Re: [PATCH v3 3/3] arm64: Early boot time stamps

From: Pavel Tatashin
Date: Fri Jan 04 2019 - 11:23:30 EST

Hi Marc,

Thank you for taking a look at this please see my replies below.

> > I think, given that on other platforms sched_clock() is already used
> > early, it is not a good idea to invent a different clock just for time
> > stamps.
> Square pegs vs round holes. Mimicking other architectures isn't always
> the right thing to do when faced with a different problem. We put a
> lot of effort in working around timer errata for a good reason, and
> feeding the rest of the system bogus timing information doesn't sound
> great.
> > We could limit arm64 approach only for chips where cntvct_el0 is
> > working: i.e. frequency is known, and the clock is stable, meaning
> > cannot go backward. Perhaps we would start early clock a little later,
> > but at least it will be available for the sane chips. The only
> > question, where during boot time this is known.
> How do you propose we do that? Defective timers can be a property of
> the implementation, of the integration, or both. In any case, it
> requires firmware support (DT, ACPI). All that is only available quite
> late, and moving it earlier is not easily doable.

OK, but could we at least whitelist something early with expectation
that the future chips won't be bogus?

> > Another approach is to modify sched_clock() in
> > kernel/time/sched_clock.c to never return backward value during boot.
> >
> > 1. Rename current implementation of sched_clock() to sched_clock_raw()
> > 2. New sched_clock() would look like this:
> >
> > u64 sched_clock(void)
> > {
> > if (static_branch(early_unstable_clock))
> > return sched_clock_unstable();
> > else
> > return sched_clock_raw();
> > }
> >
> > 3. sched_clock_unstable() would look like this:
> >
> > u64 sched_clock_unstable(void)
> > {
> > again:
> > static u64 old_clock;
> > u64 new_clock = sched_clock_raw();
> > static u64 old_clock_read = READ_ONCE(old_clock);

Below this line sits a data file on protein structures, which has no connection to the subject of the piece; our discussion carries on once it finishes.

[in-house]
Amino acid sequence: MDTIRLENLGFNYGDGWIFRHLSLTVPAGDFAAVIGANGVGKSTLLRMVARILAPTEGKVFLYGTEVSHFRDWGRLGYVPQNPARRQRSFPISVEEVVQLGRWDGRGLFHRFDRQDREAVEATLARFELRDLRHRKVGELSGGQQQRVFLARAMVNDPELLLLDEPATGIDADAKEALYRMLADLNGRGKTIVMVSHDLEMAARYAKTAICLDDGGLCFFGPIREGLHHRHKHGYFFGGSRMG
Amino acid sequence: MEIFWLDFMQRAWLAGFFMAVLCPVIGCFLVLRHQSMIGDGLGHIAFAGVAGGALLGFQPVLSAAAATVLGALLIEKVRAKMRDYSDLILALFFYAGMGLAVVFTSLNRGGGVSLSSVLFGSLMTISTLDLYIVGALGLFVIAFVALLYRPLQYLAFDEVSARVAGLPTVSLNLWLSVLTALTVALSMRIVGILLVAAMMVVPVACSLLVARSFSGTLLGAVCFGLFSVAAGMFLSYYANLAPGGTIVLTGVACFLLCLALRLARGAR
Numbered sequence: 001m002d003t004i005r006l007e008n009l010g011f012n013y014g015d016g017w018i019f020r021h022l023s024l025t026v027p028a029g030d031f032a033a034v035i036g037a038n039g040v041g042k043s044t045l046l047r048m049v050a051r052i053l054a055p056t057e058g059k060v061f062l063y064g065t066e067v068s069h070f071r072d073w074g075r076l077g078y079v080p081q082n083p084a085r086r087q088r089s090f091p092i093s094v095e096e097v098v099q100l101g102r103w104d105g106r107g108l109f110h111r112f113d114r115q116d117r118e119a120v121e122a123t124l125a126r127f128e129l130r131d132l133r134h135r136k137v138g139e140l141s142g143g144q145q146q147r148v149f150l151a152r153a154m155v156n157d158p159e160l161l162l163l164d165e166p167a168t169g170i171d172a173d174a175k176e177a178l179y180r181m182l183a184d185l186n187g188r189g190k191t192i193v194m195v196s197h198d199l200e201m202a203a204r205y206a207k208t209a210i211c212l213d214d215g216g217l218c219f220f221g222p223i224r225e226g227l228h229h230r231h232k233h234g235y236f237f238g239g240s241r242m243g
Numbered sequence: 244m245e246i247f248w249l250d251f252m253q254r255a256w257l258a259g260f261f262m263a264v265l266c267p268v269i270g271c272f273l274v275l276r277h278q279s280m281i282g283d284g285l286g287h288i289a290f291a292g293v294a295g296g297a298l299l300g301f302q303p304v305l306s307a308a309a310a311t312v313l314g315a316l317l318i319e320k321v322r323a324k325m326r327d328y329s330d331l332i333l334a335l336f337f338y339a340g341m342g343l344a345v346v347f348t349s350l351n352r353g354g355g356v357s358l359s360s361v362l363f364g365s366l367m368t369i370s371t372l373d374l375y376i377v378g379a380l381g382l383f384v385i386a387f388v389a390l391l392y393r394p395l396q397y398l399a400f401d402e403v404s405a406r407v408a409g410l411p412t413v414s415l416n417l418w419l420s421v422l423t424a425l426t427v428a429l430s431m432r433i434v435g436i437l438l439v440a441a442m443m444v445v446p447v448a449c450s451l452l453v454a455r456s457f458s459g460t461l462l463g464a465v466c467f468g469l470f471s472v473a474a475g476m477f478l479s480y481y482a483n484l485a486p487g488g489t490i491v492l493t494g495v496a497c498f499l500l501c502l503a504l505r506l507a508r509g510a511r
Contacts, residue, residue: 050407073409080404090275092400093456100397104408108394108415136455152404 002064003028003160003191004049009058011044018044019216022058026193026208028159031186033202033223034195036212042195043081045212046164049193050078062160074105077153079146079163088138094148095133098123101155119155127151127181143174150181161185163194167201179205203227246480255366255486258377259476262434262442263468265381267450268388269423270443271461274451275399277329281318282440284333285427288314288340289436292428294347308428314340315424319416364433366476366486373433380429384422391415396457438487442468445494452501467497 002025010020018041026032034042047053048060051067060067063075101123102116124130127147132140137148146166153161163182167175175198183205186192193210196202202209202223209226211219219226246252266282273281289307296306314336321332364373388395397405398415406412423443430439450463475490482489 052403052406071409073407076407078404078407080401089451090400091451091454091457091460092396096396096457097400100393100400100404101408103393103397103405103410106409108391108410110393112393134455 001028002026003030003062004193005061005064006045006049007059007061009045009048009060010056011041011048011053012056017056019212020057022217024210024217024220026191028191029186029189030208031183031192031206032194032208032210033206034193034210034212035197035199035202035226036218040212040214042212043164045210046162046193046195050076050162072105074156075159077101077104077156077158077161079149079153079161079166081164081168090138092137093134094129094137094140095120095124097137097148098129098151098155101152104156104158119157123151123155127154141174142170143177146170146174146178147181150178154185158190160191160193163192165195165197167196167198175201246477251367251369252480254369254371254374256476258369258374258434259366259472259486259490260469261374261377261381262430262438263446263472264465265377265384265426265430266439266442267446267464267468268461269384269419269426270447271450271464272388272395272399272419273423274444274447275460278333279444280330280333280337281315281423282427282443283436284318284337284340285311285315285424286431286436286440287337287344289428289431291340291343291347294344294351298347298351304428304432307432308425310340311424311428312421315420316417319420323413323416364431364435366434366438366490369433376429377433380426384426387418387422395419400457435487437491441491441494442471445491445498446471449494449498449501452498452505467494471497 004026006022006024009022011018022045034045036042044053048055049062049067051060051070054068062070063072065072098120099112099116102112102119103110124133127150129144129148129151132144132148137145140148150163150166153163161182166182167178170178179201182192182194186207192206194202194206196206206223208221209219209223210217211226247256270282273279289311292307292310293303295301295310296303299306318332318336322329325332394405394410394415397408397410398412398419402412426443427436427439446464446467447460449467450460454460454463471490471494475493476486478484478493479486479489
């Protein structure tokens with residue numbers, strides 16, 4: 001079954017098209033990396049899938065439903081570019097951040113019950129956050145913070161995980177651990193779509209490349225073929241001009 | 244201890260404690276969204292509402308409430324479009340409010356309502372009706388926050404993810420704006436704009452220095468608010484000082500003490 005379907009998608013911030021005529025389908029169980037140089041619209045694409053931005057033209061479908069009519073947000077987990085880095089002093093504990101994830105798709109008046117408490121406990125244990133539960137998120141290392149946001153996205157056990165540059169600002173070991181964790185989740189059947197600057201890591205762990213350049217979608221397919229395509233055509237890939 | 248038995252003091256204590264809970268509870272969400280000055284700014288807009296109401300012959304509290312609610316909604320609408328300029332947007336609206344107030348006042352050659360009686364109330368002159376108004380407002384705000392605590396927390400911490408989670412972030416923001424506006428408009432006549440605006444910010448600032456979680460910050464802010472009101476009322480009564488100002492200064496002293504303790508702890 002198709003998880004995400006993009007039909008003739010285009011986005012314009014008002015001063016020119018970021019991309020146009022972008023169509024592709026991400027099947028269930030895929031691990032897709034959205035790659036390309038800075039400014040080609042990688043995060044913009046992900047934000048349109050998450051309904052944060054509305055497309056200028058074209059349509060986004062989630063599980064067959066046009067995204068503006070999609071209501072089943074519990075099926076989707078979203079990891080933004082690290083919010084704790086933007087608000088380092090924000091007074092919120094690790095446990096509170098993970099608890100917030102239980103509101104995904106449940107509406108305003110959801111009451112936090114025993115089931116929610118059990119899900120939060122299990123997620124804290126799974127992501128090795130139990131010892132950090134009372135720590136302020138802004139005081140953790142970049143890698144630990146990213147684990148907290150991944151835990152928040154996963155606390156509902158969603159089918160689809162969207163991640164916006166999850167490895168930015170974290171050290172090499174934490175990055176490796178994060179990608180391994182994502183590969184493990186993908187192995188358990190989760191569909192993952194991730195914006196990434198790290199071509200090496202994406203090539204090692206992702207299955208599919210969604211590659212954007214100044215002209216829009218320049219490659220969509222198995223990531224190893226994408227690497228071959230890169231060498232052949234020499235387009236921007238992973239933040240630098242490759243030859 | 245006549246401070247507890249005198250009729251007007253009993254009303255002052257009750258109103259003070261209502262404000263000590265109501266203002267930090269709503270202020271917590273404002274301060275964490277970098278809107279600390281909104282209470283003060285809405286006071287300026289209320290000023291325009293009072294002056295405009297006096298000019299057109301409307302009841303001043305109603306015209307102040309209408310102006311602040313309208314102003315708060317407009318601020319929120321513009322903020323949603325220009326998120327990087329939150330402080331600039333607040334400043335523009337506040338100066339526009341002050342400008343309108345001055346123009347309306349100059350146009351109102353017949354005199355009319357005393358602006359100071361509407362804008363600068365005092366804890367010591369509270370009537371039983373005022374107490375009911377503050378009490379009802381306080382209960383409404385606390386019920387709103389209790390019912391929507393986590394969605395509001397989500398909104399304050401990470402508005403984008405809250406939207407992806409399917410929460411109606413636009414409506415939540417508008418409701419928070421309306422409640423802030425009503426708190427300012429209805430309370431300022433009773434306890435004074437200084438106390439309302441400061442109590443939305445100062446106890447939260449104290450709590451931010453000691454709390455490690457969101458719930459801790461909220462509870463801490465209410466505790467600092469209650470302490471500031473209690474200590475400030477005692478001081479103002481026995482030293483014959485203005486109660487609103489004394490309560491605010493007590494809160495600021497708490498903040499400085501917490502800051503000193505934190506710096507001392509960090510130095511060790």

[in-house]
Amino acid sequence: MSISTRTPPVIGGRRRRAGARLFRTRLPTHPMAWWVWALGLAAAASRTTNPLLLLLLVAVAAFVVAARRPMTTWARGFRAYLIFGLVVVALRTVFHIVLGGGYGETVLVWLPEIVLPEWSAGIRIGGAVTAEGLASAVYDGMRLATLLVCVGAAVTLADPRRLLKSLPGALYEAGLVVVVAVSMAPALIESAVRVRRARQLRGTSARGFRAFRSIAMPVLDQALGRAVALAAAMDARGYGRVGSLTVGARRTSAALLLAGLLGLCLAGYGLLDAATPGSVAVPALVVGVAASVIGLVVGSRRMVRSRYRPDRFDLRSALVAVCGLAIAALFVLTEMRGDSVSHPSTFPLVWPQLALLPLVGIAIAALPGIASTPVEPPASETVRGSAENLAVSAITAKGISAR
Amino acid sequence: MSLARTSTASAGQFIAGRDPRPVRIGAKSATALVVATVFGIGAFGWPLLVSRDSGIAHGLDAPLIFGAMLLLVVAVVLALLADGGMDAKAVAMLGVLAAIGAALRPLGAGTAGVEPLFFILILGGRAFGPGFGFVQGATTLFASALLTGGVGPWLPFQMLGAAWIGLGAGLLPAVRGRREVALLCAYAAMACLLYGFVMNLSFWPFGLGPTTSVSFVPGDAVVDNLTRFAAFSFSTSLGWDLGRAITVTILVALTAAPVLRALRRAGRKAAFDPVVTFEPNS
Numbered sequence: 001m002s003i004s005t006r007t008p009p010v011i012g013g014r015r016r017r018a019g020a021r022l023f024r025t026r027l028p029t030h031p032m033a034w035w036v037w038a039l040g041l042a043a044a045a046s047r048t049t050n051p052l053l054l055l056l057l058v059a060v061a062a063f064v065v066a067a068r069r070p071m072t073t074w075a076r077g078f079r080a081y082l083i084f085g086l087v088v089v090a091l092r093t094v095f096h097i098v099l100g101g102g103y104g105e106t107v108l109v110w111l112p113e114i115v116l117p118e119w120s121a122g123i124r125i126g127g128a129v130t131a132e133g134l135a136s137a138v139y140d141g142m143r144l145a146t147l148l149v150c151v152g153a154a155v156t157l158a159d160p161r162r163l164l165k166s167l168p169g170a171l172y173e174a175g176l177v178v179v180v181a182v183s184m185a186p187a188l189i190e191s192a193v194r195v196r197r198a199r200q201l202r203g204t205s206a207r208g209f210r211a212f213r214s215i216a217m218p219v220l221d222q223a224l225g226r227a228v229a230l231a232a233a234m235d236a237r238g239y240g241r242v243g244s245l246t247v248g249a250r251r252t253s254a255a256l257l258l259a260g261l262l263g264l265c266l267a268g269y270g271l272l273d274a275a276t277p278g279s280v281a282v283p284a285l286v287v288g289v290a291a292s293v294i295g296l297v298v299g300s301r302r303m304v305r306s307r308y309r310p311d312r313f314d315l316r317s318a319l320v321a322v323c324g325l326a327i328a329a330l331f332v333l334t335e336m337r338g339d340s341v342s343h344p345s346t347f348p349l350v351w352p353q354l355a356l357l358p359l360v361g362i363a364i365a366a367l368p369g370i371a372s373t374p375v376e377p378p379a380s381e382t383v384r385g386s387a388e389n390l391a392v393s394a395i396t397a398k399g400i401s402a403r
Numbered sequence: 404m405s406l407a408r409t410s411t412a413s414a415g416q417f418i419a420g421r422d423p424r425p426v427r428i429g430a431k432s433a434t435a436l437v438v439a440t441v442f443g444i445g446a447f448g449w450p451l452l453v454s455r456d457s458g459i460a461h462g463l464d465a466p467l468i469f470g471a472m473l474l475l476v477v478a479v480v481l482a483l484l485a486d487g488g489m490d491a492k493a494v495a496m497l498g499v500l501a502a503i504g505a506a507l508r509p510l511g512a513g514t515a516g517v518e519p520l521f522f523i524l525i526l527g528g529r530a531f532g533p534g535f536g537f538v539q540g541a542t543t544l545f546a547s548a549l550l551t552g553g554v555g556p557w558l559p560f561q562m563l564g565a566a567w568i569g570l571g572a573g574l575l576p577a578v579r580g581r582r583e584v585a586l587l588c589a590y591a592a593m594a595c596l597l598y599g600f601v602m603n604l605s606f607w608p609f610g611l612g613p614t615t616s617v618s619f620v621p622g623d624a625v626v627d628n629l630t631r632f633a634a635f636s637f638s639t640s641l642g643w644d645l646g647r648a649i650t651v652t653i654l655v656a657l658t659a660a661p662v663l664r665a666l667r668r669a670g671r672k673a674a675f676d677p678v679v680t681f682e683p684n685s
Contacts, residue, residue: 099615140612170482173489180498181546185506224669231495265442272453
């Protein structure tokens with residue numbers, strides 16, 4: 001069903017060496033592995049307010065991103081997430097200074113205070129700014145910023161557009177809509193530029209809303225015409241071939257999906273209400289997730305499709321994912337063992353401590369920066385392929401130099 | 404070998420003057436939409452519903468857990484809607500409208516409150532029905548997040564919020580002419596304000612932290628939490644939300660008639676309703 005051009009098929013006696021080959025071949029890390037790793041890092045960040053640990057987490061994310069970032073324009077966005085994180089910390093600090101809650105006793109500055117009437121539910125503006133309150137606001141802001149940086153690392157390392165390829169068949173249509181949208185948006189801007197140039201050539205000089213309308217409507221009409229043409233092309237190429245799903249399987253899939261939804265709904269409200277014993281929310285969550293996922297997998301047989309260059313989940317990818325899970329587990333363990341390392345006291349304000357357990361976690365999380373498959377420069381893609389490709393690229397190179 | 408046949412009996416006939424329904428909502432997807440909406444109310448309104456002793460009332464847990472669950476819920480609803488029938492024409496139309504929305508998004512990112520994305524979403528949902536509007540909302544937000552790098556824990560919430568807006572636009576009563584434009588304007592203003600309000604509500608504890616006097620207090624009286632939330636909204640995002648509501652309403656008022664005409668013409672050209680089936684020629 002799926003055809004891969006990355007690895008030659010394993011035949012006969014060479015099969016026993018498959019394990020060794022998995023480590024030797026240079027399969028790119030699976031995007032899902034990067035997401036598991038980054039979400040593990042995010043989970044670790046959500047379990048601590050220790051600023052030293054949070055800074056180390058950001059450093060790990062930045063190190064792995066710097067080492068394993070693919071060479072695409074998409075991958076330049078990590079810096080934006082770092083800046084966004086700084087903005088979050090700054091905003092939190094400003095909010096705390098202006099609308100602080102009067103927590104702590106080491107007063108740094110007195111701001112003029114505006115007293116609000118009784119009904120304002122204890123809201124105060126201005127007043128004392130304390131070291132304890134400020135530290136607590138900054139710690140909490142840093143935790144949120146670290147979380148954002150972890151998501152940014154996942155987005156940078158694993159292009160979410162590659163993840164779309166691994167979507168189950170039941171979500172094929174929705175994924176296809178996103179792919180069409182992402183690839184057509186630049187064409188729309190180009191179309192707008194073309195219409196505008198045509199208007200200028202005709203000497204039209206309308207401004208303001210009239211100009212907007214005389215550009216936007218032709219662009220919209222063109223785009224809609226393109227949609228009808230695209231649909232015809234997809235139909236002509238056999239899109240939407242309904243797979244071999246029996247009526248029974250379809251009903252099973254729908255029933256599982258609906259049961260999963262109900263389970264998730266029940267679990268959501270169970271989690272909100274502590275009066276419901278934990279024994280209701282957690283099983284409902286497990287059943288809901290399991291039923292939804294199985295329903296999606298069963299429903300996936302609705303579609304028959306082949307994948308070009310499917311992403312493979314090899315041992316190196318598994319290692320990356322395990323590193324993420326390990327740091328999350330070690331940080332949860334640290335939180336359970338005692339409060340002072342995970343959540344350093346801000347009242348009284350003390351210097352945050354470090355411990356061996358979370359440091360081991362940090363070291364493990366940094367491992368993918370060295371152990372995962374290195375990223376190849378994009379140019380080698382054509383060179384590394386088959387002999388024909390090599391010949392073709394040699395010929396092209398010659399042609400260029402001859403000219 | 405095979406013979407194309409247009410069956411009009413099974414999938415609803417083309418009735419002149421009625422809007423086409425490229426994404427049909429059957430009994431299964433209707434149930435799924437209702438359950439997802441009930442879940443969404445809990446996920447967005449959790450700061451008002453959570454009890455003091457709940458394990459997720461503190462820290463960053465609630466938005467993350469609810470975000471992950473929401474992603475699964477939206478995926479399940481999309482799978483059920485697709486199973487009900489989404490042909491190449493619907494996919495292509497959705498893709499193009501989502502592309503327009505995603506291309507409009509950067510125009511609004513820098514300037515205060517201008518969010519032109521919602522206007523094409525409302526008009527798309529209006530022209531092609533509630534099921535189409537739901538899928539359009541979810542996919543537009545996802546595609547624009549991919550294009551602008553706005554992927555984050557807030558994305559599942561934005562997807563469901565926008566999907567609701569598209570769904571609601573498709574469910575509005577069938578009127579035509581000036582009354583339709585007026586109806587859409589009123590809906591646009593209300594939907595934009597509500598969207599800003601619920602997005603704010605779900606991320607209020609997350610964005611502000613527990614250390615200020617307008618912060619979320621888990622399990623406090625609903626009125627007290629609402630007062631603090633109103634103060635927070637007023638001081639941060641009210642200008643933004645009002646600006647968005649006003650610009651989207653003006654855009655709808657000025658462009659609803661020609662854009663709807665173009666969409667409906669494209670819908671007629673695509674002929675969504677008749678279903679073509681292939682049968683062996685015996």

> > /* It is ok if time does not progress, but don't allow to go backward */
> > if (new_clock < old_clock_read)
> > return old_clock_read;
> > /* update the old_clock value */
> > if (cmpxchg64(&old_clock, old_clock_read, new_clock) != old_clock_read)
> > goto again;
> > return new_clock;
> > }
> You now have an "unstable" clock that is only allowed to move forward,
> until you switch to the real one. And at handover time, anything can
> happen.
> It is one thing to allow for the time stamping to be imprecise. But
> imposing the same behaviour on other parts of the kernel that have so
> far relied on a strictly monotonic sched_clock feels like a bad idea.

sched_clock() will still be strictly monotonic. During switch over we
will guarantee to continue from where the early clock left.

> What I'm proposing is that we allow architectures to override the hard
> tie between local_clock/sched_clock and kernel log time stamping, with
> the default being of course what we have today. This gives a clean
> separation between the two when the architecture needs to delay the
> availability of sched_clock until implementation requirements are
> discovered. It also keep sched_clock simple and efficient.
> To illustrate what I'm trying to argue for, I've pushed out a couple
> of proof of concept patches here[1]. I've briefly tested them in a
> guest, and things seem to work OK.

What I am worried is that decoupling time stamps from the
sched_clock() will cause uptime and other commands that show boot time
not to correlate with timestamps in dmesg with these changes. For them
to correlate we would still have to have a switch back to
local_clock() in timestamp_clock() after we are done with early boot,
which brings us back to using a temporarily unstable clock that I
proposed above but without adding an architectural hook for it. Again,
we would need to solve the problem of time continuity during switch
over, which is not a hard problem to solve, as we do it already in
sched_clock.c, and everytime clocksource changes.

During early boot time stamps project for x86 we were extra careful to
make sure that they stay the same.

Thank you,